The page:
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Sequester will sock a vulnerable economy

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The U.S. economy won’t collapse when the automatic spending cuts start hitting after Friday’s deadline. A few economists even say the sequester and its indiscriminate whack at the budget could eventually help the economy grow faster than it would have otherwise.

That’s the silver lining. Here are the clouds: The sequester is coming at a particularly inopportune time in the still-fragile U.S. recovery, it promises to bite consumers and business activity quickly, and the Washington area will feel its pain acutely.

While the cuts represent a relatively small slice of federal spending — about $44 billion this year in actual dollars — most forecasters say they are large enough to reduce economic growth by at least half a percentage point for the year. They will kill public- and private-sector jobs and drain precious buying power out of the economy.

Forecasters also expect the economy to lose a full point of growth this year from the payroll and income tax increases that lawmakers agreed to in the “fiscal cliff” deal at the end of 2012. And in recent weeks, a new threat to growth has emerged: a sharp rise in gasoline prices that many economists had not predicted for this year.

In other words, the sequester would hit exactly when you wouldn’t want it to, just as the slowly strengthening economy is struggling to shake off other drags on growth.

Federal Reserve Chairman Ben S. Bernanke told a Senate committee Tuesday that the sequester and tax increases “could create a significant head wind” for the economy. Given how slowly the economy is growing as is, he added, “this additional near-term burden on the recovery is significant.”

Ian Shepherdson, chief economist for Pantheon Macroeconomic Advisers, sounded a more dire warning in a research note this week. “The danger is real,” he wrote, “and markets are still, in our view, much too relaxed about the possible extent of the damage.”

The Washington area will absorb a disproportionate share of that damage because its economy depends so heavily on government spending.

Virginia, Maryland and the District depend more on federal contracting as a share of their economies than any other states, the Pew Charitable Trusts estimated in a recent report.

Two out of every five dollars in the metropolitan area’s economy come directly from the federal government, according to economists at the George Mason University Center for Regional Analysis.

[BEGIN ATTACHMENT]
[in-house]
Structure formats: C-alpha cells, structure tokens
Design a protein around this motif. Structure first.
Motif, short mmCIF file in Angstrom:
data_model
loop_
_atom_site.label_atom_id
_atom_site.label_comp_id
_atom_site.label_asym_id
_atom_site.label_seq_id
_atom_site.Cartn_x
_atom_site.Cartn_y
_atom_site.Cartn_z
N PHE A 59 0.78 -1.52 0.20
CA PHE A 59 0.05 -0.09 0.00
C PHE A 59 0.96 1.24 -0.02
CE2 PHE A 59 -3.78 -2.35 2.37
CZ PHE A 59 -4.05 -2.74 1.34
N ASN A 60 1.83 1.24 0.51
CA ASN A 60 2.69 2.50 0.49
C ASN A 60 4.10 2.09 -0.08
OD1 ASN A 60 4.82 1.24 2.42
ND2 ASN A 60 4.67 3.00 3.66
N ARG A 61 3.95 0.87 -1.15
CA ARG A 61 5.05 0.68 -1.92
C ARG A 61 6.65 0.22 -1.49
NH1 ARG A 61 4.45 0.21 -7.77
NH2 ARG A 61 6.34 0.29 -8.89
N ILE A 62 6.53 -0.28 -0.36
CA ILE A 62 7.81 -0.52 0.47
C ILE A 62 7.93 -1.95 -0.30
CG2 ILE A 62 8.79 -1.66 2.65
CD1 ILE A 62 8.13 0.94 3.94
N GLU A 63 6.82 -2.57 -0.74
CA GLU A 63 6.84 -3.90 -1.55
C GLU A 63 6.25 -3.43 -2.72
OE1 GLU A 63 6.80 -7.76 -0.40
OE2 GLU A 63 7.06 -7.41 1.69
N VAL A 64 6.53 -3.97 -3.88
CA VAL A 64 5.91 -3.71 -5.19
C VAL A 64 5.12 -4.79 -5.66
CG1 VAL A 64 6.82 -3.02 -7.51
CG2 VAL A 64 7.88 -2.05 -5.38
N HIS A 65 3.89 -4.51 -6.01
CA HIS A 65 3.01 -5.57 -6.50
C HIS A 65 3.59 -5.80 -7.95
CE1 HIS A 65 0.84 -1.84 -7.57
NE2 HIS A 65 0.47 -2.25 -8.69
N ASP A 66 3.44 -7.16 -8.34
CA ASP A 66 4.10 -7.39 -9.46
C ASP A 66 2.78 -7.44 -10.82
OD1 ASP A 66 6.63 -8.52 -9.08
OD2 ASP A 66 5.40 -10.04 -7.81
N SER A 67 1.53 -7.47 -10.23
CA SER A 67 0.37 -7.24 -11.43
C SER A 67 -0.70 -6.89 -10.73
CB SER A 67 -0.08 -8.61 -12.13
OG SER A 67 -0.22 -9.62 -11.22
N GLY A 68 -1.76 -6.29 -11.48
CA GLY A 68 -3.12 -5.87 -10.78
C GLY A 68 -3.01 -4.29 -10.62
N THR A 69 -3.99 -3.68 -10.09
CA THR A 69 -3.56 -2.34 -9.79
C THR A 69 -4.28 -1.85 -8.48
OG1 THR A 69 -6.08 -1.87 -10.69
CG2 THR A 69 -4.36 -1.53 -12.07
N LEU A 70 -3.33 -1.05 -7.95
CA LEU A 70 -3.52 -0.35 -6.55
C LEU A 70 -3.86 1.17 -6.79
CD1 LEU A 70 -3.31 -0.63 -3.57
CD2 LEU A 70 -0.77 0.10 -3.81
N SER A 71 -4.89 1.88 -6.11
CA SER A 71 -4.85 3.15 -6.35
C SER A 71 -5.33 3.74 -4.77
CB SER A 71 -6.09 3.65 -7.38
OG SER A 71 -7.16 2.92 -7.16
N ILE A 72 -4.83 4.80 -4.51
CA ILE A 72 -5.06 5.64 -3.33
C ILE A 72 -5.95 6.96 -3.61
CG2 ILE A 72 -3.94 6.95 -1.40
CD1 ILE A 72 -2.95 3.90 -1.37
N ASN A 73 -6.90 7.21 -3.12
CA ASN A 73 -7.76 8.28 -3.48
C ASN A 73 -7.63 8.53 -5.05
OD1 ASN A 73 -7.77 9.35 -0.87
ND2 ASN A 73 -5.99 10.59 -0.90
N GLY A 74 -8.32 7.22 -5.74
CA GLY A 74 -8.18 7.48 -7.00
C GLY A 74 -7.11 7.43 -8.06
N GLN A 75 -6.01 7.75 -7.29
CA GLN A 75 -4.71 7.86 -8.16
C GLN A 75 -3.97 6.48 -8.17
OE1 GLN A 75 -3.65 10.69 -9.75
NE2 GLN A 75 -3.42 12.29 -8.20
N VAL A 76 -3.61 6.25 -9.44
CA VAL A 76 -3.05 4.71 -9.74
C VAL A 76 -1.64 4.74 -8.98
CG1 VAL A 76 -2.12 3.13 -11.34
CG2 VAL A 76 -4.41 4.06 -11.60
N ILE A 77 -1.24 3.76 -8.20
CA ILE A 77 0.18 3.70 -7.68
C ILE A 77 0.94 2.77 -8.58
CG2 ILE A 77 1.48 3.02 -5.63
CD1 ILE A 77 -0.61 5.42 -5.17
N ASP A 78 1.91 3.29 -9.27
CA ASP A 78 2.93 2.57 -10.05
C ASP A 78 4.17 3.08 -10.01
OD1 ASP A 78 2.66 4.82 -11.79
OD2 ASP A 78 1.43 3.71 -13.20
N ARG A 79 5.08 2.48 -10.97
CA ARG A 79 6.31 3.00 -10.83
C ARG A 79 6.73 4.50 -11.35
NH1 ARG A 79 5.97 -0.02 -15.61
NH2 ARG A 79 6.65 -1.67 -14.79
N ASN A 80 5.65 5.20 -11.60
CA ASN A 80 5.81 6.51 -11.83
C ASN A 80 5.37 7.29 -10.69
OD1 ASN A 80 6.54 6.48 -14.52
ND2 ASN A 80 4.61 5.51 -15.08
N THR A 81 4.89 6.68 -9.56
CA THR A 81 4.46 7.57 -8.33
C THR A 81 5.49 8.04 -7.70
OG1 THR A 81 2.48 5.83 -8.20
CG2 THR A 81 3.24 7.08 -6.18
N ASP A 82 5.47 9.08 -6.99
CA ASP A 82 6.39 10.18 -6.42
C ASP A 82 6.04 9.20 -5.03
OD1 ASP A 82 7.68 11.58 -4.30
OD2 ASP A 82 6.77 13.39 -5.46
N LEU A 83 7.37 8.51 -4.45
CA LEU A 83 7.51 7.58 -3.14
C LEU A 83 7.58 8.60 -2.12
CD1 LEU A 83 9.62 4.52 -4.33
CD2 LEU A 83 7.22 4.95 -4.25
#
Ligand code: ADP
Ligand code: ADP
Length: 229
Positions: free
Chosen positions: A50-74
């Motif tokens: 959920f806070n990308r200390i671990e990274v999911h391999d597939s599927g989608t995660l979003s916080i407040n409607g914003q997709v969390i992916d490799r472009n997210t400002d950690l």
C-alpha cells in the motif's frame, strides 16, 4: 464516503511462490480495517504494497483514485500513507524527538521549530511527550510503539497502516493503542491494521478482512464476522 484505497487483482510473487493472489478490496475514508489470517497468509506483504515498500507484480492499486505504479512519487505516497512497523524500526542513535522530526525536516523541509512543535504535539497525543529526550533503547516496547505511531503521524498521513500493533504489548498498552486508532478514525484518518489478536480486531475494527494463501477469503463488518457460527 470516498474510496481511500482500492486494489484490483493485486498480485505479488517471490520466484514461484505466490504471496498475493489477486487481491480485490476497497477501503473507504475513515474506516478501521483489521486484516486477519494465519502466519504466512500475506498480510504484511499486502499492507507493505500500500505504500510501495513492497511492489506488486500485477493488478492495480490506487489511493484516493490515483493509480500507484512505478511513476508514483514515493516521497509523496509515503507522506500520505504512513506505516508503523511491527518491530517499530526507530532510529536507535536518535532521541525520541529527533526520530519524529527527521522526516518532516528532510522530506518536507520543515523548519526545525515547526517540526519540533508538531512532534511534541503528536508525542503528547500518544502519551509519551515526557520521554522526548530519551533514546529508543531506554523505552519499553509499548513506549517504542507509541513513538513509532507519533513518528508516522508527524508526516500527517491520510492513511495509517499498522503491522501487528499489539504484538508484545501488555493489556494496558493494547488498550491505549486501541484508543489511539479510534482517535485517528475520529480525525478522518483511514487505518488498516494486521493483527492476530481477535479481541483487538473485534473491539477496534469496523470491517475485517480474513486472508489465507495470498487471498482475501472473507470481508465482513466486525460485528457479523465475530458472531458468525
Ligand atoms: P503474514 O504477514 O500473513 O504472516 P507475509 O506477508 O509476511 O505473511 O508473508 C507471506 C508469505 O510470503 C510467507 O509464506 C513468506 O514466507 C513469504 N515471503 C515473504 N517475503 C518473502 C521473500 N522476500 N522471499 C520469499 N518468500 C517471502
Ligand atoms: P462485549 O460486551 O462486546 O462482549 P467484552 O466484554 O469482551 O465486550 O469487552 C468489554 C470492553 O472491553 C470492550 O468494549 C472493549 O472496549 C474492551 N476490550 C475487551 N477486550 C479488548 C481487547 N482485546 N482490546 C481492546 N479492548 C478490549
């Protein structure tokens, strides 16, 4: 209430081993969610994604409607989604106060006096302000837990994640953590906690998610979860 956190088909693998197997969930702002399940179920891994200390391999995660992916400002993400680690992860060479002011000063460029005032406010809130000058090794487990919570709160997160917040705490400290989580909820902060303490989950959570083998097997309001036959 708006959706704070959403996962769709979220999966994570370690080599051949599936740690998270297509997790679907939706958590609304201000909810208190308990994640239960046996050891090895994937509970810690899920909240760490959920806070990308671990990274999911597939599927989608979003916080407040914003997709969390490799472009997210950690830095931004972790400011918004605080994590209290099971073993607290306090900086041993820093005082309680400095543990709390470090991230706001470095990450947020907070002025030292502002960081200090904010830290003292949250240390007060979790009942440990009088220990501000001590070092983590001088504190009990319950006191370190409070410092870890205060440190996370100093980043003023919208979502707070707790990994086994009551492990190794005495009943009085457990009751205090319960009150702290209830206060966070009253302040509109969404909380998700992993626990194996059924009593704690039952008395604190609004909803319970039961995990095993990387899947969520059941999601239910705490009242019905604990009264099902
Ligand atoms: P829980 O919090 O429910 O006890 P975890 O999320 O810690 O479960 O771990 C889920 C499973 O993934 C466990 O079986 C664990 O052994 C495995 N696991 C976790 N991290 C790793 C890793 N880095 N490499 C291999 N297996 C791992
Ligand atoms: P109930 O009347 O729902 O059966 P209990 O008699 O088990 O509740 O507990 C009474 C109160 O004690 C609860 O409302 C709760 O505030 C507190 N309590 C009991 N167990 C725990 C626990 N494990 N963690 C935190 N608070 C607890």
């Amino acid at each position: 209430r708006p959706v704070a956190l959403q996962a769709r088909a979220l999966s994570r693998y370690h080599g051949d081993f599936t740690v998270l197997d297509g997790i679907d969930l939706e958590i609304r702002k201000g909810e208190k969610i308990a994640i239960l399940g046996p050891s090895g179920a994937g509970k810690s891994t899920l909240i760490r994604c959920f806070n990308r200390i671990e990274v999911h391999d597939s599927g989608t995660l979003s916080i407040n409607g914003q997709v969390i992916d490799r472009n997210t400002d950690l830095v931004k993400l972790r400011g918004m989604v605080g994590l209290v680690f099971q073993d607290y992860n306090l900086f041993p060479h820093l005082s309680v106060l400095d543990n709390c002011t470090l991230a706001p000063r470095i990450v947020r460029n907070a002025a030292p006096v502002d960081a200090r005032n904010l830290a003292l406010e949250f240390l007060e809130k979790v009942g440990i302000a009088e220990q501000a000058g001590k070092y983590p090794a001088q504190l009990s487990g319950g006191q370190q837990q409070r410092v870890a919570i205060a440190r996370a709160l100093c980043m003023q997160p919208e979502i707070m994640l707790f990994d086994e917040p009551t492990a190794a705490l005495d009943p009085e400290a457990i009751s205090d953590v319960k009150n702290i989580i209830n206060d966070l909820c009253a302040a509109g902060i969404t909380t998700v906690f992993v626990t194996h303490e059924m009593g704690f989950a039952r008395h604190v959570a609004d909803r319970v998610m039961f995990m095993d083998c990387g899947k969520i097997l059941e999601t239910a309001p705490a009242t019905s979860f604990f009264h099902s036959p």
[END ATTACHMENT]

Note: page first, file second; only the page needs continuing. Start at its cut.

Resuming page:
Half of that money comes from federal contracting, a quarter comes from federal wages and salaries, and a quarter comes from other government sources, such as Medicare and Social Security payments.

The bulk of that spending is vulnerable to the impending cuts. The Center for Regional Analysis estimates that the D.C.-Maryland-Virginia region is the recipient of 21 percent of the federal money subject to sequestration, even though it is home to less than 5 percent of the U.S. population.

Just the threat of sequestration is already slowing the region’s economy, said Mark Vitner, a senior economist for Wells Fargo who has analyzed the sequester’s impact extensively. Contractors have pulled back on hiring, and government agencies have chosen not to renew some contract workers.

The effects of those pullbacks figure to ripple into areas of the economy not directly supported by the government. Workers who receive furlough notices will probably eat out less, for example, affecting restaurant profits and hiring.

Federal spending growth helped insulate the Washington area from the worst effects of the recession, Vitner said. Now that the region is about to get slammed, he said, “It’s kind of hard for somebody in South Dakota to get very worried about it.”

President Obama has warned about the potential damage of allowing the cuts to go through. But if they do, much of the nation might not feel the impacts for a while, except in a few select areas, such as military-dependent South Carolina and nuclear-lab hub New Mexico.

In other areas, economists say, it will take a while for the furloughs and job cuts to take effect, though federal unemployment recipients figure to see their checks reduced immediately.

“You’re really going to see most of [the impact] in April and May, because it takes some time to take the gears of the government and throw them in reverse,” said Michael Hanson, senior U.S. economist at Bank of America Merrill Lynch. “It’s certainly not going to be this immediate bang on Friday.”

Where economists see silver linings from the sequester, they’re usually not immediate, either.

Rather, they stem from the hope that the sequester will reduce future budget deficits — and with them the odds of federal borrowing costs increasing several years from now.

“Should the sequestration be reversed or canceled,” Wells Fargo economists John Silva and Michael Brown wrote this week, “the result would support short-run economic growth at the cost of reducing the long-run rate of growth of the U.S. economy.”

In his testimony Tuesday, Bernanke warned that the opposite could be true, that the sequester, by reducing growth, could “lead to less actual deficit reduction in the short run.”

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